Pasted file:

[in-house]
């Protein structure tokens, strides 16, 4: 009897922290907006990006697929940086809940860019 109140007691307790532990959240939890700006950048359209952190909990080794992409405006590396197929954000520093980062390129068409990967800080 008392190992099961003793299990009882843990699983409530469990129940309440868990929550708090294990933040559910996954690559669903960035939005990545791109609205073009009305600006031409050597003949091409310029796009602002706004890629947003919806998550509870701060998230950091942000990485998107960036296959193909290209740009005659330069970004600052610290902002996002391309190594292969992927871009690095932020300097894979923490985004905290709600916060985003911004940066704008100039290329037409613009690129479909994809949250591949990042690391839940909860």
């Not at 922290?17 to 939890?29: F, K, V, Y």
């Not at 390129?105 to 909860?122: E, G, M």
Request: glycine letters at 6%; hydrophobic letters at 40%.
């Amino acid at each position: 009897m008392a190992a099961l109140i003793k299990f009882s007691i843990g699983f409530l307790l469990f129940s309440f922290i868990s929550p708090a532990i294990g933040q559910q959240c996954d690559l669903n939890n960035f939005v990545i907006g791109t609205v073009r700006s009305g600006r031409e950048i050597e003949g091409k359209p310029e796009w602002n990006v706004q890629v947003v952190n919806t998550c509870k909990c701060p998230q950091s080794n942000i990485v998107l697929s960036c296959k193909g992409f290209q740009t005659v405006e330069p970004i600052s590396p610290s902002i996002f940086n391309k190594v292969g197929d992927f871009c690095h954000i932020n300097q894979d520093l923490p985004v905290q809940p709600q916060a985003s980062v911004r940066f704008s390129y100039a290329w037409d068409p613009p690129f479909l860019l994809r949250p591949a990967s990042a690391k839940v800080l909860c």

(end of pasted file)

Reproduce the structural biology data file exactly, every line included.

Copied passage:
[in-house]
């Protein structure tokens, strides 16, 4: 009897922290907006990006697929940086809940860019 109140007691307790532990959240939890700006950048359209952190909990080794992409405006590396197929954000520093980062390129068409990967800080 008392190992099961003793299990009882843990699983409530469990129940309440868990929550708090294990933040559910996954690559669903960035939005990545791109609205073009009305600006031409050597003949091409310029796009602002706004890629947003919806998550509870701060998230950091942000990485998107960036296959193909290209740009005659330069970004600052610290902002996002391309190594292969992927871009690095932020300097894979923490985004905290709600916060985003911004940066704008100039290329037409613009690129479909994809949250591949990042690391839940909860």
């Not at 922290?17 to 939890?29: F, K, V, Y």
């Not at 390129?105 to 909860?122: E, G, M």
Request: glycine letters at 6%; hydrophobic letters at 40%.
């Amino acid at each position: 009897m008392a190992a099961l109140i003793k299990f009882s007691i843990g699983f409530l307790l469990f129940s309440f922290i868990s929550p708090a532990i294990g933040q559910q959240c996954d690559l669903n939890n960035f939005v990545i907006g791109t609205v073009r700006s009305g600006r031409e950048i050597e003949g091409k359209p310029e796009w602002n990006v706004q890629v947003v952190n919806t998550c509870k909990c701060p998230q950091s080794n942000i990485v998107l697929s960036c296959k193909g992409f290209q740009t005659v405006e330069p970004i600052s590396p610290s902002i996002f940086n391309k190594v292969g197929d992927f871009c690095h954000i932020n300097q894979d520093l923490p985004v905290q809940p709600q916060a985003s980062v911004r940066f704008s390129y100039a290329w037409d068409p613009p690129f479909l860019l994809r949250p591949a990967s990042a690391k839940v800080l909860c």